One of the best, and most challenging things about being an entrepreneur is being your own boss. On one hand – you can make your own schedule, do whatever suits your personality and interests, and you can do it from wherever you want where there’s a decent internet connection. But on the other side of that, when you become a business owner, everything is up to you. Marketing, revenue, day to day management, tech problems… it’s all in your lap.

In the tumultuous sea of wonderful and scary things the entrepreneur lives in, there’s something that has helped me as I’ve gone from being a failed blogger, to a business coach who helps women every day in our Facebook group to build their own businesses on Pinterest (without blogging, because really… not everyone wants to take on the sea monster that is blogging!).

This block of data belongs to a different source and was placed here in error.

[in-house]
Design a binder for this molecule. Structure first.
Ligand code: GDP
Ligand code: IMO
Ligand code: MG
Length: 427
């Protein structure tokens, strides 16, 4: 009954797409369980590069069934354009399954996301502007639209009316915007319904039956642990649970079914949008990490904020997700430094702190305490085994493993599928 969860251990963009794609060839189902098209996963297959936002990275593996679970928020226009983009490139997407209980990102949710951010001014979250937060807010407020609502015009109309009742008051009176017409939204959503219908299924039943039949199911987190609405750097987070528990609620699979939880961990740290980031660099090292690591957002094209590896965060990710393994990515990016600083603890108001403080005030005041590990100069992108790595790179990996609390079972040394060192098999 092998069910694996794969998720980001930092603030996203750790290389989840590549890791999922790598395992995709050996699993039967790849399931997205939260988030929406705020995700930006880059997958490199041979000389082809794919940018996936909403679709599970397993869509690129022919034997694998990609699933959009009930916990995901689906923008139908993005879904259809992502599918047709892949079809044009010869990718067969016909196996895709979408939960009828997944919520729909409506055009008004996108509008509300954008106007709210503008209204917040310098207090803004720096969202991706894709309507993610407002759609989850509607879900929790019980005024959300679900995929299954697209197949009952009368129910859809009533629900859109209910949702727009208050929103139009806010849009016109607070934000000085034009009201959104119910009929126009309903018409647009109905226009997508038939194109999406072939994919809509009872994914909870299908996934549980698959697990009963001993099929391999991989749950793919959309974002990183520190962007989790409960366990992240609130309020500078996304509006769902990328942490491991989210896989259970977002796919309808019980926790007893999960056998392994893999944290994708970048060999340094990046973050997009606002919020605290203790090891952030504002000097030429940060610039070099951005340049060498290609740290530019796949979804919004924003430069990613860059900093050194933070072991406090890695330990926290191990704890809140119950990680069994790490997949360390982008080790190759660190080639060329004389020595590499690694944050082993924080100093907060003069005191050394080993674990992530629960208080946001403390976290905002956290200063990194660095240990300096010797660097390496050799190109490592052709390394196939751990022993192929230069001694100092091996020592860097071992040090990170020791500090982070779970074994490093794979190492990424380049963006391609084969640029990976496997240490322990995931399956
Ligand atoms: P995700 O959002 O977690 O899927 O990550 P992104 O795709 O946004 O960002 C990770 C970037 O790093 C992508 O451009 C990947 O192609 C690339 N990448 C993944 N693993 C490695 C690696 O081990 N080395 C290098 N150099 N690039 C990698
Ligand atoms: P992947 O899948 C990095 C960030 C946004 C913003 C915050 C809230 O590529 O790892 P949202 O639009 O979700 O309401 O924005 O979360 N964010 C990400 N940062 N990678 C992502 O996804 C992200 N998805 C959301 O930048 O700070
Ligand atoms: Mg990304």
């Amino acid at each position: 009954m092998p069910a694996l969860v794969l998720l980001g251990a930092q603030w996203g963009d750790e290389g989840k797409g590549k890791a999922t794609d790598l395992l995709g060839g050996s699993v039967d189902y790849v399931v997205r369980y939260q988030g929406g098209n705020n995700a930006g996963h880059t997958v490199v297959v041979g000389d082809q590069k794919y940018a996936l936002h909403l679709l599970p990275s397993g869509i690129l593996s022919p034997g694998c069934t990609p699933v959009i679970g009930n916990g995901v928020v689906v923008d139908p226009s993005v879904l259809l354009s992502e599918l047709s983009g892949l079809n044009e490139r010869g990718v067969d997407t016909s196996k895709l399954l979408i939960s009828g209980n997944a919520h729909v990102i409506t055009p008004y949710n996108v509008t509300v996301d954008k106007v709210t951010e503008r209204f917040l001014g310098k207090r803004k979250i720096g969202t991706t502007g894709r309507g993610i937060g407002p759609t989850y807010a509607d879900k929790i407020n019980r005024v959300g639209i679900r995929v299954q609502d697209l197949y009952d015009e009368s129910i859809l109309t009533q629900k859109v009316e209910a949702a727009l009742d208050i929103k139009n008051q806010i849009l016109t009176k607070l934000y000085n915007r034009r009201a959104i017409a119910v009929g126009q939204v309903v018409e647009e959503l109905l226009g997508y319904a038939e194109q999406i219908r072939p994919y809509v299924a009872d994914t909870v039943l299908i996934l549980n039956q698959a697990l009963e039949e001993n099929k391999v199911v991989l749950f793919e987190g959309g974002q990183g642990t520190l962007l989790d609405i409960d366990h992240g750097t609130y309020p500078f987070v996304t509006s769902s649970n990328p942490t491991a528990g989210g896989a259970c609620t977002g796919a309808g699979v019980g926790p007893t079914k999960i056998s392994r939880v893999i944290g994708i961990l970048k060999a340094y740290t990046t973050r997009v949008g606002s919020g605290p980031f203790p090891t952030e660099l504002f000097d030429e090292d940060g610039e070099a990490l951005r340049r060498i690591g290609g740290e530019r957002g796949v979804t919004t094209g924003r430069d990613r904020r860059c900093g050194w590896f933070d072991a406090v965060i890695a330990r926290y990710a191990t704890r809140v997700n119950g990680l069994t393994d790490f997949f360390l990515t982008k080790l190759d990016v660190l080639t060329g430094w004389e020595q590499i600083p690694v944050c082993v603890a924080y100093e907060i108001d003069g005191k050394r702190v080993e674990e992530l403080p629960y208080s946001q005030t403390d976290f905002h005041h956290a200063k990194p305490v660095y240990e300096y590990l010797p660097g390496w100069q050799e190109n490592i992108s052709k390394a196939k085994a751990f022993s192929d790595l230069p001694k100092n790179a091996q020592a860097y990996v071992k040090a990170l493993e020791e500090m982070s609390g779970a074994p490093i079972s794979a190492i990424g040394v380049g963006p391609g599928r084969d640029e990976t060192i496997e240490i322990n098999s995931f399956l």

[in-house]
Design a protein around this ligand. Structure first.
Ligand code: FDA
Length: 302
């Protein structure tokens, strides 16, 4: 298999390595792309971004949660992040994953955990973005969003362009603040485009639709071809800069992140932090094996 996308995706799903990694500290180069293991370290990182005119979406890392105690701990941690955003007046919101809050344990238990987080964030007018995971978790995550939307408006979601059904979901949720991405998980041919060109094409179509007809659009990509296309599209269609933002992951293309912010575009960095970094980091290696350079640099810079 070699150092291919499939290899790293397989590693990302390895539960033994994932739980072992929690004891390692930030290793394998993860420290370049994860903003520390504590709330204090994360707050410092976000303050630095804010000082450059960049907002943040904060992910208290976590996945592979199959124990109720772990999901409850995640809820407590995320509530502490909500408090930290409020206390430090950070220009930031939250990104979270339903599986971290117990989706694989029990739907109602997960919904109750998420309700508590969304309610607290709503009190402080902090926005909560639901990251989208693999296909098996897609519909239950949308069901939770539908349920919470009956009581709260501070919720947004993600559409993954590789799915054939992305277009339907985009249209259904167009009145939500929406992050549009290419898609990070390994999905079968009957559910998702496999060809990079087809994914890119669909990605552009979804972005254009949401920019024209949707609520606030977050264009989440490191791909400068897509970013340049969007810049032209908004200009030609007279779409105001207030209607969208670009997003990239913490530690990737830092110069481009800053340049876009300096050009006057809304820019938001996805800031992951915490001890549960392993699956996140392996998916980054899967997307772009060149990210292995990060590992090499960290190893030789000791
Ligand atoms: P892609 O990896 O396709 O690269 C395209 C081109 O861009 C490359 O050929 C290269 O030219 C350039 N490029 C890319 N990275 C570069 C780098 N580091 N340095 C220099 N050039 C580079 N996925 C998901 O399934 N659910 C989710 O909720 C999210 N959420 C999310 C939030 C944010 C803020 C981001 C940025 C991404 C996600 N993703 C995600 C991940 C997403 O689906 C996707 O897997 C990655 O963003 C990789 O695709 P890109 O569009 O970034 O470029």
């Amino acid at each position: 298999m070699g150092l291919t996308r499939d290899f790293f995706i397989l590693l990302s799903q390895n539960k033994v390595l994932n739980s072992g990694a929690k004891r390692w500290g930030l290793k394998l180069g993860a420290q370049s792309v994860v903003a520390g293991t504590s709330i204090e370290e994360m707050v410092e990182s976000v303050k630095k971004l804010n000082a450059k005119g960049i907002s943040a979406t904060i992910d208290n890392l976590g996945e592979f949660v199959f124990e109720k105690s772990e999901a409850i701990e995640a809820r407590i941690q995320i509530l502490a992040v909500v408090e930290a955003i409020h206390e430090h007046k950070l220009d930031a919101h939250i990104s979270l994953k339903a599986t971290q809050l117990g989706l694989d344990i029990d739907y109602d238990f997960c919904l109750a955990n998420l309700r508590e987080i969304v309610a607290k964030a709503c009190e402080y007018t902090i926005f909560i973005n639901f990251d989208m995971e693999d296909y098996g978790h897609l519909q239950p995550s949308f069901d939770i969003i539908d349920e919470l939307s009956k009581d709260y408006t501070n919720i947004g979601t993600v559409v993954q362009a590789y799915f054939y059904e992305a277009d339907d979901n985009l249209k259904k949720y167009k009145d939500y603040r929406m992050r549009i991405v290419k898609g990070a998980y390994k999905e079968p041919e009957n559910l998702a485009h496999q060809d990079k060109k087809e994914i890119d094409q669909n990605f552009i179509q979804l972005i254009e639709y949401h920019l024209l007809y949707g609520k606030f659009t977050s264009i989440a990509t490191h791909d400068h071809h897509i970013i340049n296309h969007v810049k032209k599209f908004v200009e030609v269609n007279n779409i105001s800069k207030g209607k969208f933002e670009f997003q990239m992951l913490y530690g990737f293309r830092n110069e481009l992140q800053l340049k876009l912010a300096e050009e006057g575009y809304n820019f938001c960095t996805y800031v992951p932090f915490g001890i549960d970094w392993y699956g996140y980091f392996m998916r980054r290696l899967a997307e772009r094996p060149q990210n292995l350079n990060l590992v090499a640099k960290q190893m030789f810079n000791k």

Goal setting lesson for aggressive dreamers

One of the things you may not know about me is I really struggle with goal setting. People who say things like “What’s your BIG dream? Don’t be afraid of it!” I never really understood that that was a thing until I started coaching other women. While other woman may make goals like “I’d like to make $100 a month for groceries.” I jump right into goals like “I want to be a millionaire.”

I’ve had to train myself to accept that small goals are actually okay, but it’s also okay to not forget the big goals too. While my big goal may be to be a millionaire, we started with these smaller goals. Some of them were huge before we accomplished them, but I really just saw them as stepping stones to out bigger goal of financial independence.

Our “stepping stone” goals

  1. Being able to pay our bills and put money in savings each month
  2. Getting out of debt
  3. Having a 3-month, then 6-month, then 1-year emergency fund
  4. Begin investing weekly, on auto-pilot
  5. Buy a home with cash

All of those things took a lot of little steps – getting our budget in gear – learning what worked for us and what didn’t, figuring out what the best way was for us to increase our income and savings…all of them were a lot of little things coming together to make bigger goals a reality.